Stratospheric Platforms has conducted a successful 5G connectivity trial from high-altitude in Saudi Arabia.
The UK High Altitude Pseudo Satellite (HAPS) firm this week announced a successful demonstration of 5G broadband connectivity between a "stratospheric 5G mast" flying at 45,000 ft and a retail 5G smartphone.
The trial was run in collaboration with the Saudi Communications and Information Technology Commission (CITC) in the airspace above The Red Sea Project. Engineers connected to the local telecoms network, completing tests between a 5G base station, flying stratospheric antenna, and retail mobile devices. The test was able to project a 5G signal to an area of 450 square kilometers.
While the aim us to eventually use the antennae from high-altitude drones – or HAPS – for this trial SPL used a German-made, long-endurance Grob aircraft.
Richard Deakin, CEO of Stratospheric Platforms, said: "This is a momentous event for the global telecoms industry proving that a 5G telecoms mast flying near the top of the earth's atmosphere can deliver stable broadband 5G internet to serve mobile users with ubiquitous, high-speed internet, over vast areas. The trial has proved that 5G can be reliably beamed down from an airborne antenna and is indistinguishable from ground-based mobile networks.”
Cambridge-based Stratospheric Platforms Limited was founded in 2014. Deutsche Telekom became a major investor in 2016. SPL is developing a hydrogen-powered HAPS platform known as 'Stratomast.' The company said it will be able to fly for a week without refueling and cover an area of 15,000 square kilometers using one antenna.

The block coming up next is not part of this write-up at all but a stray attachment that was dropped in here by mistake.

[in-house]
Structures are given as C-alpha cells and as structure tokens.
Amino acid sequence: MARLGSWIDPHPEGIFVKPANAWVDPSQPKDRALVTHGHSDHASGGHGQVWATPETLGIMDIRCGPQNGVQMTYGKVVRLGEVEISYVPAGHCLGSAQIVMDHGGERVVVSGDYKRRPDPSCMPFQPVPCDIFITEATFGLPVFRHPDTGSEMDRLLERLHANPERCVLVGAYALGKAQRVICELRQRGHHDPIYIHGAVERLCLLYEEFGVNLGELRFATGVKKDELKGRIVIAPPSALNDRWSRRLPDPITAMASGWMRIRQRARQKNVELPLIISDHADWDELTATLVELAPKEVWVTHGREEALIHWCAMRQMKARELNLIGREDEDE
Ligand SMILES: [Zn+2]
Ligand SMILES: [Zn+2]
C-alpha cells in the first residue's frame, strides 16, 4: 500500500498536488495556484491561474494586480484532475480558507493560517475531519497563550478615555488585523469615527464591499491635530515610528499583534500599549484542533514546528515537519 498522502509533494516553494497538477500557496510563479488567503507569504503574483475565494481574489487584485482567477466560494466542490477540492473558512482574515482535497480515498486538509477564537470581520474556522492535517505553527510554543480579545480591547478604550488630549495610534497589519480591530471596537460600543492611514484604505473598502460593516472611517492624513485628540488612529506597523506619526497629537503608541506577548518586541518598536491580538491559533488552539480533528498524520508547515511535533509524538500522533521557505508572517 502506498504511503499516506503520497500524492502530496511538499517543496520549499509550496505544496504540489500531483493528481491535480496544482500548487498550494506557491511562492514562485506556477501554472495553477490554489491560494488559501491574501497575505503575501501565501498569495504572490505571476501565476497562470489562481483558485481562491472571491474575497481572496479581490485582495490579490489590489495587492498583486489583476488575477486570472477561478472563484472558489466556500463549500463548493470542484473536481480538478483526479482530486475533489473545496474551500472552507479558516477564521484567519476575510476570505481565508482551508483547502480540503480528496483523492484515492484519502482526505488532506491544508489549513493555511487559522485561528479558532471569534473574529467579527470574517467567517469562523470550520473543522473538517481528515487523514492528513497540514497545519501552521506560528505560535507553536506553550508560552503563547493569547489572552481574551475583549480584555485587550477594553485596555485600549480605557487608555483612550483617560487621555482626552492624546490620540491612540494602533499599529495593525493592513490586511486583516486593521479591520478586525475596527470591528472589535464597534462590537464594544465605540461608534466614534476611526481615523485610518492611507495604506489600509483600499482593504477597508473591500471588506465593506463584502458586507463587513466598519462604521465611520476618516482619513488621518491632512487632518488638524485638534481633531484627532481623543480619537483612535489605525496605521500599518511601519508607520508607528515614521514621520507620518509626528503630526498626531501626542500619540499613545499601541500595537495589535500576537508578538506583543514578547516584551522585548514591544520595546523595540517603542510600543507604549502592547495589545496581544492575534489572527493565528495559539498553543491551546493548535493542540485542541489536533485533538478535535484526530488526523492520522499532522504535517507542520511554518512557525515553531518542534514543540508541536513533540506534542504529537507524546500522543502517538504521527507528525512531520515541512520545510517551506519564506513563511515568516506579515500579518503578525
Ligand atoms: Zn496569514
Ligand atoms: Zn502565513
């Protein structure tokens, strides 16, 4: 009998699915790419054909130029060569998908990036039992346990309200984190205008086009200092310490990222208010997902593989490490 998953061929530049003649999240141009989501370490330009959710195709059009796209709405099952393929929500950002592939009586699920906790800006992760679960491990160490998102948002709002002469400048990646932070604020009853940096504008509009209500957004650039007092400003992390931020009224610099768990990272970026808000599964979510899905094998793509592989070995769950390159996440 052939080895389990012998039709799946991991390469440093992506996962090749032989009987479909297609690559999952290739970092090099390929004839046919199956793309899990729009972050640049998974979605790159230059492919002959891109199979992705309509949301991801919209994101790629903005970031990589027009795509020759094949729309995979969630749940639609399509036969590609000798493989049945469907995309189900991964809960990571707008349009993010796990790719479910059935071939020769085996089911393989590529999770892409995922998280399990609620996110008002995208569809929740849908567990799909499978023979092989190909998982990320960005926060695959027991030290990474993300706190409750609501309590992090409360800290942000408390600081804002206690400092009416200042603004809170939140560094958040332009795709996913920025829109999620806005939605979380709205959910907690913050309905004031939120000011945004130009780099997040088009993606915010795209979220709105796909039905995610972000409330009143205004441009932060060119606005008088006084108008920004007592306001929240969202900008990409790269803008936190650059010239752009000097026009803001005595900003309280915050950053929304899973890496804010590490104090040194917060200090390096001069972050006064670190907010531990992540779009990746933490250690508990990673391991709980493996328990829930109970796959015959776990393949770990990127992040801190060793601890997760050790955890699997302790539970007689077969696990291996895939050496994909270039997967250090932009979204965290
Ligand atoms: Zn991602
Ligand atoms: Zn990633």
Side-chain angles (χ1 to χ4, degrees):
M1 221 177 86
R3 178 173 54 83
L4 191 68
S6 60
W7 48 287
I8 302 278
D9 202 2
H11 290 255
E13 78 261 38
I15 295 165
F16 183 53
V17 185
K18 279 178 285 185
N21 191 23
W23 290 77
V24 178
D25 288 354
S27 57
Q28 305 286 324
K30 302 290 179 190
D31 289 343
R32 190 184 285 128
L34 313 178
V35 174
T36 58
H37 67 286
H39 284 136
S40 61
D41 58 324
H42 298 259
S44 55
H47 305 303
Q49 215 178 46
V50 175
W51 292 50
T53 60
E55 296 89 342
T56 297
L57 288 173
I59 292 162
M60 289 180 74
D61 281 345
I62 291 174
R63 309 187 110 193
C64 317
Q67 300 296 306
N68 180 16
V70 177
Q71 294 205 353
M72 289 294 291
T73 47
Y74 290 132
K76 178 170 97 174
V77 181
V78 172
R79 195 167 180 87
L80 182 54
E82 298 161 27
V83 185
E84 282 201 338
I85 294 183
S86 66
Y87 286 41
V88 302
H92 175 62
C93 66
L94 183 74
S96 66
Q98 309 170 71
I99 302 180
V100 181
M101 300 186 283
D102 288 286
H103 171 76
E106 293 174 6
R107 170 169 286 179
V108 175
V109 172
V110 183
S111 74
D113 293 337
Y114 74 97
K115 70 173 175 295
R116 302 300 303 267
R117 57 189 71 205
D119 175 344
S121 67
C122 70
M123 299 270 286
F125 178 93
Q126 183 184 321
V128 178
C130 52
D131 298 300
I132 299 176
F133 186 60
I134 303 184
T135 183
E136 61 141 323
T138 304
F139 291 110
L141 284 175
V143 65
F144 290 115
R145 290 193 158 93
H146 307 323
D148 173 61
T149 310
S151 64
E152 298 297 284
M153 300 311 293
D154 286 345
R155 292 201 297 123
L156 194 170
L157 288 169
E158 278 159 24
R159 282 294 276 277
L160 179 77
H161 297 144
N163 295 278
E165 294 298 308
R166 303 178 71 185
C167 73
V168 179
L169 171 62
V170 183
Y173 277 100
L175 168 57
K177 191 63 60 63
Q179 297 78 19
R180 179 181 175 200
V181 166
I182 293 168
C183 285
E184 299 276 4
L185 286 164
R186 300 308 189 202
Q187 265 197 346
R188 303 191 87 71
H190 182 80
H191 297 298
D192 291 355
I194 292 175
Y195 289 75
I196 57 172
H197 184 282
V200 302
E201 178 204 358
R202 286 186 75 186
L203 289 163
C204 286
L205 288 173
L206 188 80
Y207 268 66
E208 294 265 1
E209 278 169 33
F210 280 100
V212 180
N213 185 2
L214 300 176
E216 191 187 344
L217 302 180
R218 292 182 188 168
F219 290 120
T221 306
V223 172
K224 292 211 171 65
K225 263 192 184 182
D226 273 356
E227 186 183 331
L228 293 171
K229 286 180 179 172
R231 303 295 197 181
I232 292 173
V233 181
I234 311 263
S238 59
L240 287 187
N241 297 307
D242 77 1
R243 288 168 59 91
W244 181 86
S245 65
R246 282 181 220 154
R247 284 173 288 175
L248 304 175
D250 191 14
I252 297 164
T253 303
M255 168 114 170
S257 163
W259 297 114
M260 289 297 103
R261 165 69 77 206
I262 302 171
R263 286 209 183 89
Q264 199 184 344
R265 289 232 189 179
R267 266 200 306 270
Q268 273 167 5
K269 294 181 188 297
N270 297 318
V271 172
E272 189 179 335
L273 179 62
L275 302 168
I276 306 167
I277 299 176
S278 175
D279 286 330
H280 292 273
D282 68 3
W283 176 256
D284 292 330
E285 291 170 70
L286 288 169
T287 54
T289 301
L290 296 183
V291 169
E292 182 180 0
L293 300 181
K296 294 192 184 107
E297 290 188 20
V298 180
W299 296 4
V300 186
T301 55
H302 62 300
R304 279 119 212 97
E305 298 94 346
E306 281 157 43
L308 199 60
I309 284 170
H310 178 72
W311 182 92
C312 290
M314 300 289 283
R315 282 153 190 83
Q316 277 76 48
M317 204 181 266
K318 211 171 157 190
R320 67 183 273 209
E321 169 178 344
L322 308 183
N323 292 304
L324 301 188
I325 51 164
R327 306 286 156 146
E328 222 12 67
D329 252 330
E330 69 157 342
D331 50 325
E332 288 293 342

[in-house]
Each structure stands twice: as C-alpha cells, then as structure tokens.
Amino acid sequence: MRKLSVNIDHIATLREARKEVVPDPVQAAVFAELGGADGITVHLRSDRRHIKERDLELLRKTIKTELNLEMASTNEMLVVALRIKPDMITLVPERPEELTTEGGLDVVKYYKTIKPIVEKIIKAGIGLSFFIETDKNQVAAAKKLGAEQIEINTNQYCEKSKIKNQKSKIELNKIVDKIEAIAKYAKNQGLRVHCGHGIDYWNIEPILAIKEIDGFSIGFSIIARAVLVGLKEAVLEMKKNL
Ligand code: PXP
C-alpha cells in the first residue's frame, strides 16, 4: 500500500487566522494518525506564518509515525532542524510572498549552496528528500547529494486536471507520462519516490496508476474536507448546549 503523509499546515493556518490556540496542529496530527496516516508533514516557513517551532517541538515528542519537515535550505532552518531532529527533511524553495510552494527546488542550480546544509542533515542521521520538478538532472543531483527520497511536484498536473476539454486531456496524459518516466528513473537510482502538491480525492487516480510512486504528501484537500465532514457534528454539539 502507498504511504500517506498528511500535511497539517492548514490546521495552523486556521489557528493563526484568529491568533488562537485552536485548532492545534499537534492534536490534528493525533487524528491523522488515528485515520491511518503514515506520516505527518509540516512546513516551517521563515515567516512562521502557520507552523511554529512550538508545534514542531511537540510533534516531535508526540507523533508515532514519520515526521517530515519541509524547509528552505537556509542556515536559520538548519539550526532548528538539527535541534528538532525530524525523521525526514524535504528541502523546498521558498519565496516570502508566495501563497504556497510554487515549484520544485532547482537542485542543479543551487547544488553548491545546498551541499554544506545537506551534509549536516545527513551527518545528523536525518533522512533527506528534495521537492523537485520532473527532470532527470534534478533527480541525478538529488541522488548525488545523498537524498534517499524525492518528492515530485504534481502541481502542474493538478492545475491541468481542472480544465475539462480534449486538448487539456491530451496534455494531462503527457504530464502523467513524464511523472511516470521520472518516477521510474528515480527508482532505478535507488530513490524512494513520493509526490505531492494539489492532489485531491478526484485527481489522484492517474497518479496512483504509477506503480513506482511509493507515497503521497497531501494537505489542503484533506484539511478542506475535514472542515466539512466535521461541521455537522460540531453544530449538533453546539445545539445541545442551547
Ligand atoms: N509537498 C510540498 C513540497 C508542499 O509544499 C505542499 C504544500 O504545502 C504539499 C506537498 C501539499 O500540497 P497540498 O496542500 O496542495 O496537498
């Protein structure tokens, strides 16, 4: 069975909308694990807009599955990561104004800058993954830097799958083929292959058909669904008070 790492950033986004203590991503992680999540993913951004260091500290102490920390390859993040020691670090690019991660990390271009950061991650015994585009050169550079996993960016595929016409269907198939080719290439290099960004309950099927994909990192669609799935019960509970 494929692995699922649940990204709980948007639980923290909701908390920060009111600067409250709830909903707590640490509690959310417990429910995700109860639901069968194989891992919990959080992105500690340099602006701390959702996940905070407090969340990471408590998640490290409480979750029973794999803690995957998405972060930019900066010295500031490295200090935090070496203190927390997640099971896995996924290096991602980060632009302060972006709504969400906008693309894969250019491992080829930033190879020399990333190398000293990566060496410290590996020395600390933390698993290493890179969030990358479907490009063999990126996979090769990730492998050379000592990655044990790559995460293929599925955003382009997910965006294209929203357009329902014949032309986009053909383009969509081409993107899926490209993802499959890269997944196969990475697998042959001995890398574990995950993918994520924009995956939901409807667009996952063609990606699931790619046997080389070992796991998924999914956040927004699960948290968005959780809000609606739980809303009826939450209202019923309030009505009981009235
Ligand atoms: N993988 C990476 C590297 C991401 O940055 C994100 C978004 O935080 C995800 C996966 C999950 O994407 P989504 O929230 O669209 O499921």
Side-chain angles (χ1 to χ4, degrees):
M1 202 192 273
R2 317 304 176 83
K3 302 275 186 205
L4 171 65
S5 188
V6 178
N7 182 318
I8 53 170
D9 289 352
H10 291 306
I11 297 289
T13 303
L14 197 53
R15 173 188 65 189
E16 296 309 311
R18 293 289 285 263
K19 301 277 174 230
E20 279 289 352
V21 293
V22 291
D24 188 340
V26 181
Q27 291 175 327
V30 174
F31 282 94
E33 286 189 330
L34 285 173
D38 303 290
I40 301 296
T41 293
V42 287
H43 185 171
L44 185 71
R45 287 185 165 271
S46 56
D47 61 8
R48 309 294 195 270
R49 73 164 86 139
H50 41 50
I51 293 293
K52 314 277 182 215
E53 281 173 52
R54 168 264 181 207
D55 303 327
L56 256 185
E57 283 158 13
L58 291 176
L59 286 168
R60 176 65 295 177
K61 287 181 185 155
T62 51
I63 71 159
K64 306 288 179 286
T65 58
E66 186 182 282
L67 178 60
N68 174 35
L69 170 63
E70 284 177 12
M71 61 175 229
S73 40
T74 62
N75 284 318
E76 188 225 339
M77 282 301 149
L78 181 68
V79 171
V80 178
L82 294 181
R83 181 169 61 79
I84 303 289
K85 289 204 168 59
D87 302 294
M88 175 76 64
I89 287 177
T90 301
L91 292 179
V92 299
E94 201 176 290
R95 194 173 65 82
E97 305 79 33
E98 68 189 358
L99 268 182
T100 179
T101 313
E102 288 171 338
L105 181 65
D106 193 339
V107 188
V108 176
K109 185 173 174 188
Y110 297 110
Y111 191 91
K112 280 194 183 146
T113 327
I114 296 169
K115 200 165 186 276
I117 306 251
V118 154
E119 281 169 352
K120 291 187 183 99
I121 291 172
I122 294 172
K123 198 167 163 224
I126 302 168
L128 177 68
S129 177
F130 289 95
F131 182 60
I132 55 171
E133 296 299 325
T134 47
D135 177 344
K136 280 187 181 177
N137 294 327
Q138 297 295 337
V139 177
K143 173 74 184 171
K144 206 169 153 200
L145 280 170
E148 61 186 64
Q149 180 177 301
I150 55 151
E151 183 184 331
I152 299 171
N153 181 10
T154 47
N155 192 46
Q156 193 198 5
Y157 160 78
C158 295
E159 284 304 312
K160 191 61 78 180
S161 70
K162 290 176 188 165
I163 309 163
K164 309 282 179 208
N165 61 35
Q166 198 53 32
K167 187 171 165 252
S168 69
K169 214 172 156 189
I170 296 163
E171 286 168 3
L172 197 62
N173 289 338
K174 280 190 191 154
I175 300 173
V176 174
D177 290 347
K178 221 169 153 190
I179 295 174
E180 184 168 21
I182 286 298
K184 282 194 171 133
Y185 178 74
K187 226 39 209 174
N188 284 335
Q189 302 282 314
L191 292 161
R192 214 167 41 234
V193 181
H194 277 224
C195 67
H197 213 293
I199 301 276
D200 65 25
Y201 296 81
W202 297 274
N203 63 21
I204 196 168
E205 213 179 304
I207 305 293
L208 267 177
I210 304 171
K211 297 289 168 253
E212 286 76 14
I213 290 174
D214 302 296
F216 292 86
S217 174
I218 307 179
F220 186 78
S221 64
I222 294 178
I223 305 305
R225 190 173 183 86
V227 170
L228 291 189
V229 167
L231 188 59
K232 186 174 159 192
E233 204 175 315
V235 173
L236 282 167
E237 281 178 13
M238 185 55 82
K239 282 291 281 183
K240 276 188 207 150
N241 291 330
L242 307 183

The joint team established three-way video calls between the land-based test site, a mobile device operated from a boat, and a control site located 950 km away. Further land and heliborne tests demonstrated a user could stream 4K video to a mobile phone with an average latency of 1 millisecond above network speed. Signal strength trials, using a 5G enabled device moving at 100 km/h, proved full interoperability with ground-based masts and a consistent 'five bars' in known white spots.
CITC Governor, H.E. Dr. Mohammed Altamimi, commented: "the Kingdom of Saudi Arabia is at the cutting edge of technological innovation and our partnership with Stratospheric Platforms' with the support of the Red Sea Project and General Authority of Civil Aviation (GACA) has demonstrated how we can deliver 'always on,' ultra-fast broadband to areas without ground-based 5G masts."
The Red Sea Project aims to develop a tourism hotspot on the Saudi Arabian Red Sea coast. The first phase is expected to be completed by 2022 when 3,000 hotel rooms will be constructed along with an airport, marina, and recreation centers.
HAPS – whether they be airships, balloons, or fixed-wing drones – offer a way to provide connectivity to rural and unconnected areas without the upfront costs of cell towers or satellites or the need for specialist receivers. Google/Alphabet's now-defunct high altitude balloon unit Project Loon was probably the most famous example, but a number of companies are looking to develop a successful platform in the space.
The likes of SoftBank, BAE, and Airbus are in various stages of testing to deploy large solar-and-battery-powered HAPS platforms that are able to fly remotely (with the eventual aim to fly autonomously), hold station in a fixed area, and beam either broadband or cellular signal below.
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